Breast cancer is the most common cancer diagnosed among women in the United States and is the second leading cause of death among women after lung cancer. On average, every 2 minutes a woman is diagnosed with breast cancer in the United States.
Group life insurance is a common benefit provided by employers to their workers. But unlike a private life insurance policy, your coverage is contingent on you remaining an employee. So when you stop working at that employer, what happens to your life insurance coverage?
There are multiple ways to keep your life insurance coverage from your employer once your employment ends, but it is important to choose the correct option. The possibilities might include conversion, continuation, or porting the coverage. Each of these will be specifically defined in your life insurance policy along with the procedure and conditions for exercising that option. Carefully consider each option available to determine what best fits your needs. An experienced employee benefits attorney can help you understand your life insurance policy if you have questions.
You Can Convert
I highly recommend the NPR series, “Bill of the Month,” which offers an expert analysis of medical bill surprises. This month’s bill concerns jaw surgery and a hospital bill of more than $27,000. The patient, Ely Bair, had a condition requiring two jaw surgeries. The first jaw surgery went very well and Bair paid his out of pocket maximum of $3,000 and his employer’s health plan with Premera Blue Cross covered the rest.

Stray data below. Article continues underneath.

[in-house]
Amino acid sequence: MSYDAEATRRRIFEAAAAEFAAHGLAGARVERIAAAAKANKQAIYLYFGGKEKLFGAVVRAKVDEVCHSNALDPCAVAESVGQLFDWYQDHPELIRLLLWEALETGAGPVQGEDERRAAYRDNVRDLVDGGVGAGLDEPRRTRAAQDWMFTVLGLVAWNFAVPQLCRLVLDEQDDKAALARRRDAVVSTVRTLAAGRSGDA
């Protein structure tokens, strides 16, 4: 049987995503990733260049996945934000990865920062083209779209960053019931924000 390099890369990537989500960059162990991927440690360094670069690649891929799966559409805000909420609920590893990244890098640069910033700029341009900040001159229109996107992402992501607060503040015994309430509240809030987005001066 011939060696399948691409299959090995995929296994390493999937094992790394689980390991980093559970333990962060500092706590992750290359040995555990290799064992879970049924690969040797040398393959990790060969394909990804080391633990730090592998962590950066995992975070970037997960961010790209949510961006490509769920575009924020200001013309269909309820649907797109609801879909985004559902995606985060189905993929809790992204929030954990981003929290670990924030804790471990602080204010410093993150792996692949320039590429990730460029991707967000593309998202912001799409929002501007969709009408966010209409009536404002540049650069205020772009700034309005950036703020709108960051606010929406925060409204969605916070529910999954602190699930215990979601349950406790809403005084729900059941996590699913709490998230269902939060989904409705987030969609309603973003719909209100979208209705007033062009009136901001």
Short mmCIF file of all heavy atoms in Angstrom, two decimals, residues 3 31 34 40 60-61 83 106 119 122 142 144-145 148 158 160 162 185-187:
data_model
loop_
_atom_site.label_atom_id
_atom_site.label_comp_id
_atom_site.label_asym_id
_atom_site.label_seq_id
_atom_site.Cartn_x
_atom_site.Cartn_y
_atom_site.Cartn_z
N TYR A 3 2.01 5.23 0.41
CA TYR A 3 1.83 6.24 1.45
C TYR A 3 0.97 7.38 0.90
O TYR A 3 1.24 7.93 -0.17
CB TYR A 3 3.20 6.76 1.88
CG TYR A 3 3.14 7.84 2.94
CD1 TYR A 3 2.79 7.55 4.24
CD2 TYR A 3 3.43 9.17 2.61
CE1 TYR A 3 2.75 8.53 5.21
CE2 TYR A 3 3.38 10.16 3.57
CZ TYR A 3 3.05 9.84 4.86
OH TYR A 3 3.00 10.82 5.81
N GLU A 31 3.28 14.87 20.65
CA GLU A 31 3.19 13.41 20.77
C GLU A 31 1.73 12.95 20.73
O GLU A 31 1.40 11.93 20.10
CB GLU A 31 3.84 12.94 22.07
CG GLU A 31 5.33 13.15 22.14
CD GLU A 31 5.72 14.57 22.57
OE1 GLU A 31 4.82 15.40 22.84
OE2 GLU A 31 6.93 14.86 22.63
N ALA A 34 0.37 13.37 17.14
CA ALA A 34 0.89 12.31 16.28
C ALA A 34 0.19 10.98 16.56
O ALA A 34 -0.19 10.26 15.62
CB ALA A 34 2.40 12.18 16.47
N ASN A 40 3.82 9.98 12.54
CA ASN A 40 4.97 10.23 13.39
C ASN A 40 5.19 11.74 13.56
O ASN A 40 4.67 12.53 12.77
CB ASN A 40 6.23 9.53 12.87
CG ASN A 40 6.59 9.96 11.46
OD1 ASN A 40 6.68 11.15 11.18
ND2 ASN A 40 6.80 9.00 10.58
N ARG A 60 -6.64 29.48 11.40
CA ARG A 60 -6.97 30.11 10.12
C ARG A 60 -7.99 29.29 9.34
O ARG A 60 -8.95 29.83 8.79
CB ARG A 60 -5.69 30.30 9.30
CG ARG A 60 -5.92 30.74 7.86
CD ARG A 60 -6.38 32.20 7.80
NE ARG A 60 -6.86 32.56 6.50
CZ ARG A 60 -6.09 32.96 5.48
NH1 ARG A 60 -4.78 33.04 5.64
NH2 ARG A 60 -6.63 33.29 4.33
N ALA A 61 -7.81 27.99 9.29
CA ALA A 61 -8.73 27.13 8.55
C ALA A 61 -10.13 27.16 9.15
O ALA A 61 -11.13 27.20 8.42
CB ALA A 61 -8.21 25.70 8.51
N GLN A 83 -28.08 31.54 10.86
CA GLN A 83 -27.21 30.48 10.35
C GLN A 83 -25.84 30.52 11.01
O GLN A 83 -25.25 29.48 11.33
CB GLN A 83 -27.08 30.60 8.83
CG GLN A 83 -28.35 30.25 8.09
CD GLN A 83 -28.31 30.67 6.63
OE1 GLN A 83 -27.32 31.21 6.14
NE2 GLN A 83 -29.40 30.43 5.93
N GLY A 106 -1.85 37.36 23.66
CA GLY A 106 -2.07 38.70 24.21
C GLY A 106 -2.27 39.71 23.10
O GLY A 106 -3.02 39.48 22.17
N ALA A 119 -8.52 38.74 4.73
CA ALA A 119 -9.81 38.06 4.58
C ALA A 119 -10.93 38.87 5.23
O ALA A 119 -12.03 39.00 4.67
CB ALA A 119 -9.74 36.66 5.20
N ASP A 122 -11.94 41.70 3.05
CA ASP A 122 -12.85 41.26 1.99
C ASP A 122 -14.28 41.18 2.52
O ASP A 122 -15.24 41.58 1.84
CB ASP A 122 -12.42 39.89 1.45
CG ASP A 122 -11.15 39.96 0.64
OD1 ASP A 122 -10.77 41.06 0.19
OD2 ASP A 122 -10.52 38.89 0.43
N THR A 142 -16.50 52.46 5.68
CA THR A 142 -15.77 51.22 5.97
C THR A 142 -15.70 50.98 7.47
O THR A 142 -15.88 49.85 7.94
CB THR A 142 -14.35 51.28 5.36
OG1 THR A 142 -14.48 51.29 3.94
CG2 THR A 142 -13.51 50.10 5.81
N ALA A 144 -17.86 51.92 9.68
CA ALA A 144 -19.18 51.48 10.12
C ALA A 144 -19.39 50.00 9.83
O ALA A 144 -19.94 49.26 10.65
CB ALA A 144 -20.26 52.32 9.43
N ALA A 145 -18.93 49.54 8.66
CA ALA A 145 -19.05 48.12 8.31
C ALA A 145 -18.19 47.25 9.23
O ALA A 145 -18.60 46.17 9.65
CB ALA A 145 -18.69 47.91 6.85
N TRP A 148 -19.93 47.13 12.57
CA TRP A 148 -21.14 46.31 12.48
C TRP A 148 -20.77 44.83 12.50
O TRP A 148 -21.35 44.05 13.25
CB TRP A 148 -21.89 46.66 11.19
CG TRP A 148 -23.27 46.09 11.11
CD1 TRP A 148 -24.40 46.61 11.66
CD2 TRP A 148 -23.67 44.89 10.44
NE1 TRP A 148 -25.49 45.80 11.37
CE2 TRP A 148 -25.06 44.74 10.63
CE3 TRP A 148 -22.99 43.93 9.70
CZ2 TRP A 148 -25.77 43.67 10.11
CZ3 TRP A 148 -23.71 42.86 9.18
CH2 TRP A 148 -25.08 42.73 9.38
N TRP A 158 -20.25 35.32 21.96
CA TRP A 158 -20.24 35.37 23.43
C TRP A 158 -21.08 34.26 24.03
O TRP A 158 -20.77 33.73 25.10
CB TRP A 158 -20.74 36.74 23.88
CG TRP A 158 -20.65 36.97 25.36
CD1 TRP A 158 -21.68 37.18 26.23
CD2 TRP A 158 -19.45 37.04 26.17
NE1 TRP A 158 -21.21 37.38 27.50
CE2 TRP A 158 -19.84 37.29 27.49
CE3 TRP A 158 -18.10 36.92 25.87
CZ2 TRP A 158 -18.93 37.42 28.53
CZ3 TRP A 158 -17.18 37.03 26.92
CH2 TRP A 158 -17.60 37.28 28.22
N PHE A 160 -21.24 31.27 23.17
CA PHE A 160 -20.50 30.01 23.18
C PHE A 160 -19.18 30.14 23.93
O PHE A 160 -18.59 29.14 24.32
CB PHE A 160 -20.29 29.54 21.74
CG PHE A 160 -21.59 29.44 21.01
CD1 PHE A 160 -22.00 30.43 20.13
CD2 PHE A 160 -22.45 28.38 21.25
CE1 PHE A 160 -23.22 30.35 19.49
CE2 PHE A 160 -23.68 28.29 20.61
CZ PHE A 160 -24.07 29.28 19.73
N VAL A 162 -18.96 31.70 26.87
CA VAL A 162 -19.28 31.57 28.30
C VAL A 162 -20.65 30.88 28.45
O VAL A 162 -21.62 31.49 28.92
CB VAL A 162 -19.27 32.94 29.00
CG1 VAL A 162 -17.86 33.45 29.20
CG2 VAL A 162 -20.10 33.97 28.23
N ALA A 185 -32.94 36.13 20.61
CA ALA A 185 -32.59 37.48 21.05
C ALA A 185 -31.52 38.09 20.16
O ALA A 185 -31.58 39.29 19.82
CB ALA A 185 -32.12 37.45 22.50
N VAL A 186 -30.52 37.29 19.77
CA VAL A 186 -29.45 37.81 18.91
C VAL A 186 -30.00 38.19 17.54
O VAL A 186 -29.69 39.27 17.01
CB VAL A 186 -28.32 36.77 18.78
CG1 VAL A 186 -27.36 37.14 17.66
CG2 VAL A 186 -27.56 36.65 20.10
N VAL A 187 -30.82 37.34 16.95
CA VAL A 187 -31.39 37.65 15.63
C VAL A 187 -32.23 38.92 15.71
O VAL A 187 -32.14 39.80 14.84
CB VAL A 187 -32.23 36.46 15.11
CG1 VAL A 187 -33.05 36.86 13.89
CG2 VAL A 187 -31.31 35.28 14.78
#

Bair’s second jaw surgery was with the same hospital and the health insurer was also Premera. But this time, Bair received a bill of $27,119 from the hospital.
The reason is in the fine print. Although Bair was covered under Premera policies for both surgeries, he changed employers between the two surgeries. Although both employers used Premera, the insurance coverage provided by Premera was different with each employer. The second Premera plan had a lifetime maximum of $5,000 for this jaw surgery. That left Bair responsible for the rest of the hospital bill. When he appealed, Premera pointed him to the specific language in the 80-page policy that addresses the lifetime maximum for this specific surgery.